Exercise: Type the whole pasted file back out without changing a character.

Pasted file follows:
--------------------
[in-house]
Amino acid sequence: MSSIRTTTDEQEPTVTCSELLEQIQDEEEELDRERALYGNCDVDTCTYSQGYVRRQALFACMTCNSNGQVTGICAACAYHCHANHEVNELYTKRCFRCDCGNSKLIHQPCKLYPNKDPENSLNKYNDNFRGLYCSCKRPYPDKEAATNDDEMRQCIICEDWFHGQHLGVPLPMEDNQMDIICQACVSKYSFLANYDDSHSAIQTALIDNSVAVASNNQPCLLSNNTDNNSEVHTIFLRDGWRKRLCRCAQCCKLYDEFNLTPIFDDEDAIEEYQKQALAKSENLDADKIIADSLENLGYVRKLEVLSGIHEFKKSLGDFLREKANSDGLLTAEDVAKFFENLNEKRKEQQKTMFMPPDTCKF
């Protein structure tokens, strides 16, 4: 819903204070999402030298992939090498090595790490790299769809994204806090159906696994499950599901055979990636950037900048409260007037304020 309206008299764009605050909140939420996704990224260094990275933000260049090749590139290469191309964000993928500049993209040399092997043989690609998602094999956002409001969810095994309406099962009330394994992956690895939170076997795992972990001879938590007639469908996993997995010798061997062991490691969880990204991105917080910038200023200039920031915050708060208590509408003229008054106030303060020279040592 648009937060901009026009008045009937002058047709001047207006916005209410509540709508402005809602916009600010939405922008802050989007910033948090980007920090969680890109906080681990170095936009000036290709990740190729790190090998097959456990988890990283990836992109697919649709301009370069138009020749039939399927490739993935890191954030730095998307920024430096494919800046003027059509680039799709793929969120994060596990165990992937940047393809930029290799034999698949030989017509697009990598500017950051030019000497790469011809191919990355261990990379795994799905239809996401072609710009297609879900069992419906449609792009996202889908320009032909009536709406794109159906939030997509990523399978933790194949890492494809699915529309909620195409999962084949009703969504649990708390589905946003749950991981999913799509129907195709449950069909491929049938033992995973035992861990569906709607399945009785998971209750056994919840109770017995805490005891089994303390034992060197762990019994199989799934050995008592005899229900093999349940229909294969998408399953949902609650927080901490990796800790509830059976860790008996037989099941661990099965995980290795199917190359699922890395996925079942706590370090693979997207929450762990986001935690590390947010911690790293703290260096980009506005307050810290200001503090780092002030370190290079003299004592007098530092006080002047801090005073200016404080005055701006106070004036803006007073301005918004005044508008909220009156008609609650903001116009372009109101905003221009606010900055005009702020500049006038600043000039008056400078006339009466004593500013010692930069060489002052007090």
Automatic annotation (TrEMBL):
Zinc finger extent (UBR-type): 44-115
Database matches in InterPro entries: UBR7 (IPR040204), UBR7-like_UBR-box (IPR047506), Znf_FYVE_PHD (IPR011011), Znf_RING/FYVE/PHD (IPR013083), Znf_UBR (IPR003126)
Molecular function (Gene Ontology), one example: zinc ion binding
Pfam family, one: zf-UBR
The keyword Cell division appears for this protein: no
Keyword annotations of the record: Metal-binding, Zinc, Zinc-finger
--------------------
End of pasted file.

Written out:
[in-house]
Amino acid sequence: MSSIRTTTDEQEPTVTCSELLEQIQDEEEELDRERALYGNCDVDTCTYSQGYVRRQALFACMTCNSNGQVTGICAACAYHCHANHEVNELYTKRCFRCDCGNSKLIHQPCKLYPNKDPENSLNKYNDNFRGLYCSCKRPYPDKEAATNDDEMRQCIICEDWFHGQHLGVPLPMEDNQMDIICQACVSKYSFLANYDDSHSAIQTALIDNSVAVASNNQPCLLSNNTDNNSEVHTIFLRDGWRKRLCRCAQCCKLYDEFNLTPIFDDEDAIEEYQKQALAKSENLDADKIIADSLENLGYVRKLEVLSGIHEFKKSLGDFLREKANSDGLLTAEDVAKFFENLNEKRKEQQKTMFMPPDTCKF
């Protein structure tokens, strides 16, 4: 819903204070999402030298992939090498090595790490790299769809994204806090159906696994499950599901055979990636950037900048409260007037304020 309206008299764009605050909140939420996704990224260094990275933000260049090749590139290469191309964000993928500049993209040399092997043989690609998602094999956002409001969810095994309406099962009330394994992956690895939170076997795992972990001879938590007639469908996993997995010798061997062991490691969880990204991105917080910038200023200039920031915050708060208590509408003229008054106030303060020279040592 648009937060901009026009008045009937002058047709001047207006916005209410509540709508402005809602916009600010939405922008802050989007910033948090980007920090969680890109906080681990170095936009000036290709990740190729790190090998097959456990988890990283990836992109697919649709301009370069138009020749039939399927490739993935890191954030730095998307920024430096494919800046003027059509680039799709793929969120994060596990165990992937940047393809930029290799034999698949030989017509697009990598500017950051030019000497790469011809191919990355261990990379795994799905239809996401072609710009297609879900069992419906449609792009996202889908320009032909009536709406794109159906939030997509990523399978933790194949890492494809699915529309909620195409999962084949009703969504649990708390589905946003749950991981999913799509129907195709449950069909491929049938033992995973035992861990569906709607399945009785998971209750056994919840109770017995805490005891089994303390034992060197762990019994199989799934050995008592005899229900093999349940229909294969998408399953949902609650927080901490990796800790509830059976860790008996037989099941661990099965995980290795199917190359699922890395996925079942706590370090693979997207929450762990986001935690590390947010911690790293703290260096980009506005307050810290200001503090780092002030370190290079003299004592007098530092006080002047801090005073200016404080005055701006106070004036803006007073301005918004005044508008909220009156008609609650903001116009372009109101905003221009606010900055005009702020500049006038600043000039008056400078006339009466004593500013010692930069060489002052007090």
Automatic annotation (TrEMBL):
Zinc finger extent (UBR-type): 44-115
Database matches in InterPro entries: UBR7 (IPR040204), UBR7-like_UBR-box (IPR047506), Znf_FYVE_PHD (IPR011011), Znf_RING/FYVE/PHD (IPR013083), Znf_UBR (IPR003126)
Molecular function (Gene Ontology), one example: zinc ion binding
Pfam family, one: zf-UBR
The keyword Cell division appears for this protein: no
Keyword annotations of the record: Metal-binding, Zinc, Zinc-finger